Chris Beneke

Since you’ve paused here to gaze upon this blog, dear web traveler, I presume that you possess some interest in history, and perhaps even for the things previously appearing on this site. From that I will speculate that might enjoy this recently published Boston Globe piece by Chris Marstall on Massachusetts’ aluminum historical markers: “History, Preserved in Sturdy Aluminum: Eighty Years Ago, What Did We Want to Remember about Massachusetts?”

In 1930, Marstall notes, “[s]ome 275 markers were erected … to mark the state’s 300th birthday,” and identify “places which played a leading part in the history of the colony.’” Marstall’s interest in the subject appears to have been sparked by the work of Robert Briere, president of the Sturbridge Historical Society, who is leading an effort to preserve and restore the 81 year-old signs. Another part-time historian, Russell Bixby, is “recording GPS coordinates for the 144 or so markers remaining in place,” which are then displayed with other information at

Marstall’s piece makes it clear that he’s dealing with historiography, as well as history. The renowned Harvard historian, Samuel Eliot Morison, was responsible for most of the text on the signs, and his goal was to rehabilitate the Puritan image. To this end, Morison portrayed the commonwealth’s founders as “literate community builders, industrialists, and pathmakers,” rather than dogmatic prigs. Morison may have met some modest, temporary success in this regard. But what he could not account for was our judgment on his own work, including the observation that his many commemorations of Puritan and Indian battles severely minimized Indian deaths.*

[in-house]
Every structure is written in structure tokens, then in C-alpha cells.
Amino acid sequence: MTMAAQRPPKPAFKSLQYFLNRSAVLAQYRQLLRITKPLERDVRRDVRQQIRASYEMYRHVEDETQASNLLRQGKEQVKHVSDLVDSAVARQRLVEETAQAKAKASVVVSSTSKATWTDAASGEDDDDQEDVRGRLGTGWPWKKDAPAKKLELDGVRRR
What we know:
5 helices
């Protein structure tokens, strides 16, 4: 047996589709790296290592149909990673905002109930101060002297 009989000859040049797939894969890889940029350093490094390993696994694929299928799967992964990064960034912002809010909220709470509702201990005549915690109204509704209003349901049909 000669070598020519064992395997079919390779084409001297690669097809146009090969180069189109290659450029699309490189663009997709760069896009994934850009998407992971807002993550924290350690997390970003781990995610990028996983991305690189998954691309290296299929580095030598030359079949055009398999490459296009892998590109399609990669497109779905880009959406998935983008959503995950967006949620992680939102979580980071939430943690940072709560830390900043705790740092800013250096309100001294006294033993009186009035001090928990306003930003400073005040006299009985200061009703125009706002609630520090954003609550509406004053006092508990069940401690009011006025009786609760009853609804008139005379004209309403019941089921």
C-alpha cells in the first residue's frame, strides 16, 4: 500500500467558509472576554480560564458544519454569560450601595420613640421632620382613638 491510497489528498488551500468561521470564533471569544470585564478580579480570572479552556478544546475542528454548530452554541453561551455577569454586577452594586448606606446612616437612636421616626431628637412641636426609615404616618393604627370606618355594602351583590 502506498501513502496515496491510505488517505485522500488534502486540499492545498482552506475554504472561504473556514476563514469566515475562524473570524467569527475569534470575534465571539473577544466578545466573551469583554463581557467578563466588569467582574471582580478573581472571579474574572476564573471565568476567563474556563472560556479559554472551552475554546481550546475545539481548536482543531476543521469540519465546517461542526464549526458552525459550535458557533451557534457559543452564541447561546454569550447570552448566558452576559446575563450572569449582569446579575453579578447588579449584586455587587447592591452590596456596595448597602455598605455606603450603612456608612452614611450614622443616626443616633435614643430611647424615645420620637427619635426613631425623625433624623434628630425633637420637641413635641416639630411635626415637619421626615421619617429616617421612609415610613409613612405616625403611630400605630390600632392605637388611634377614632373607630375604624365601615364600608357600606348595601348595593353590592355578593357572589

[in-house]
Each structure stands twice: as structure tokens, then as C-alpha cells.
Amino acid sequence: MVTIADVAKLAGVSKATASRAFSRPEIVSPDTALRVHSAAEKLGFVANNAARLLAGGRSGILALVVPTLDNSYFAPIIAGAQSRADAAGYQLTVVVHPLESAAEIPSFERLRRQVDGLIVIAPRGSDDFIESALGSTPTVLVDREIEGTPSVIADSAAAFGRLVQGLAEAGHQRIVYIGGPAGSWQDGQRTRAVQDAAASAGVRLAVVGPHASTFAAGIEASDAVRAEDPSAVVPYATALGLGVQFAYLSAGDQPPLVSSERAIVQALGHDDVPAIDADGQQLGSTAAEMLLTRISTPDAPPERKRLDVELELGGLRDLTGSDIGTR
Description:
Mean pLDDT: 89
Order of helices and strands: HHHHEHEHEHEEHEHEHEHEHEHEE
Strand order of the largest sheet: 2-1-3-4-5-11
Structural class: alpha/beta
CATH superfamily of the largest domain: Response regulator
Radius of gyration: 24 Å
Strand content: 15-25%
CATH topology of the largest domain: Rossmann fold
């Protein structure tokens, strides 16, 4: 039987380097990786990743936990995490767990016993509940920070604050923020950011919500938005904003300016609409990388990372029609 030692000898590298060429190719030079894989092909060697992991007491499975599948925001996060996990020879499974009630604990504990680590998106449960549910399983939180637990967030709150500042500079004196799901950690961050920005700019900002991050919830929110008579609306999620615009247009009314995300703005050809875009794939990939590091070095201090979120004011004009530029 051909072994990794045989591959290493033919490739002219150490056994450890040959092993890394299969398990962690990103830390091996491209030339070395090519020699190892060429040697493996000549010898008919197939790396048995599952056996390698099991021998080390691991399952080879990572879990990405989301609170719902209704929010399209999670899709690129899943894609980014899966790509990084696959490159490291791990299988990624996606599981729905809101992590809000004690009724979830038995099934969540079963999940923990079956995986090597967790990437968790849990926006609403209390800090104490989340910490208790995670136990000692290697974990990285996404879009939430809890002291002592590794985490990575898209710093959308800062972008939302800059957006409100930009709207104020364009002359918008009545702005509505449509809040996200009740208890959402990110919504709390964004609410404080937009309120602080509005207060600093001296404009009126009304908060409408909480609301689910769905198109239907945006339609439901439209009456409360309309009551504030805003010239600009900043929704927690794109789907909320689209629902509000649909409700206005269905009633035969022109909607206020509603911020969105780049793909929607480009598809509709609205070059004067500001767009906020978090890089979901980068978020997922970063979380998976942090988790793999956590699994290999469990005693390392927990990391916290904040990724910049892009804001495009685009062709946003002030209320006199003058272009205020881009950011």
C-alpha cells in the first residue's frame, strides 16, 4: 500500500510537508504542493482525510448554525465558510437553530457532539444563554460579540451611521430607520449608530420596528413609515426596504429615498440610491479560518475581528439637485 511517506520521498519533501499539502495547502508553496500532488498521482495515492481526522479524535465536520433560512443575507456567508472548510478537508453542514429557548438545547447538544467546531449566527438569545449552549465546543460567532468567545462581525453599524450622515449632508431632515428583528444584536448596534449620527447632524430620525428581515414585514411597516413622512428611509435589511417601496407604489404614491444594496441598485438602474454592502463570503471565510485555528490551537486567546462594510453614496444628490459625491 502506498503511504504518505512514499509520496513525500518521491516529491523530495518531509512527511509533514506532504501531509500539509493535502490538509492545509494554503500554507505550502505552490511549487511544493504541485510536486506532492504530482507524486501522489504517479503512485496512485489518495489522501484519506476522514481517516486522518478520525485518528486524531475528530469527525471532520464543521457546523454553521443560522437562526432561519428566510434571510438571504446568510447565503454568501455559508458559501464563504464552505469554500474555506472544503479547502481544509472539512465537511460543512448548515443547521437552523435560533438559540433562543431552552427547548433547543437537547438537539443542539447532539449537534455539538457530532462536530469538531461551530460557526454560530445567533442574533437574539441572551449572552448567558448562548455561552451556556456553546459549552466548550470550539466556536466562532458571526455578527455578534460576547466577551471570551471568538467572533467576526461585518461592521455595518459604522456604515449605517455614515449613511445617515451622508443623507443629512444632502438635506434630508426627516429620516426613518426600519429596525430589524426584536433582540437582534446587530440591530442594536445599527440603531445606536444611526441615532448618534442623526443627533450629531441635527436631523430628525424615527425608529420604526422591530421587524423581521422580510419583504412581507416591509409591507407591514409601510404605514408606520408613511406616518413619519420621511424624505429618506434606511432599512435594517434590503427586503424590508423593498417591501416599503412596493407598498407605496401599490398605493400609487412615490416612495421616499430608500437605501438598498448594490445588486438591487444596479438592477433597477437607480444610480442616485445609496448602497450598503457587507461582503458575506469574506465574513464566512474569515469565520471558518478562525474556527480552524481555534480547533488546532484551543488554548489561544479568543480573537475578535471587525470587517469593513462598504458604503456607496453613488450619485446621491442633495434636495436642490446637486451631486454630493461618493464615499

The article brought to mind the first local historical marker that I recall noticing: a small stone monument that had been erected in a corn field on a back road in Great Barrington, Massachusetts. I was seventeen when I caught my first glimpse of the marker from the passenger side of my buddy’s Toyota Celica. The gently undulating field in which it squatted was not unlike the dozens of others that we rocketed past on the 10-mile trek between our rural homes and the ramshackle gym we frequented. But one summer evening, on the back leg of this teenage orbit, I noticed this greyish stone protrusion. Initially, as we hurtled pass at roughly twice the posted speed limit, I was able to decipher only a word or two. But after several passes, the entire text came into view: “Last Battle of Shays Rebellion was here Feb. 27, 1787.”

I’m pretty sure that I knew almost nothing about Shay’s Rebellion, but the name was familiar enough to trigger the curiosity of someone who prematurely fancied himself to be serious about things that happened in the past. To my adolescent mind, battles were the essence of serious history—you know, Caesar, Napoleon, George Washington, Dwight Eisenhower—all that. I had certainly passed markers before, but this one made an impression. The words engraved on that midget obelisk produced an intimation that my humble corner of the American continent possessed historical significance.

I’ve been an historian too long now to believe that a single sign can have any direct causal impact, like for instance, launching a seventeen-year-old on a career path. But also long enough also to appreciate the debt we owe to the resolute preservers of stone, aluminum and memory.


* Not coincidentally, Marstall’s article was passed along to me by the incomparable Eric Schultz who blogs about business, innovation, and history at The Occasional CEO and who also happens to have written an excellent book on King Philip’s War.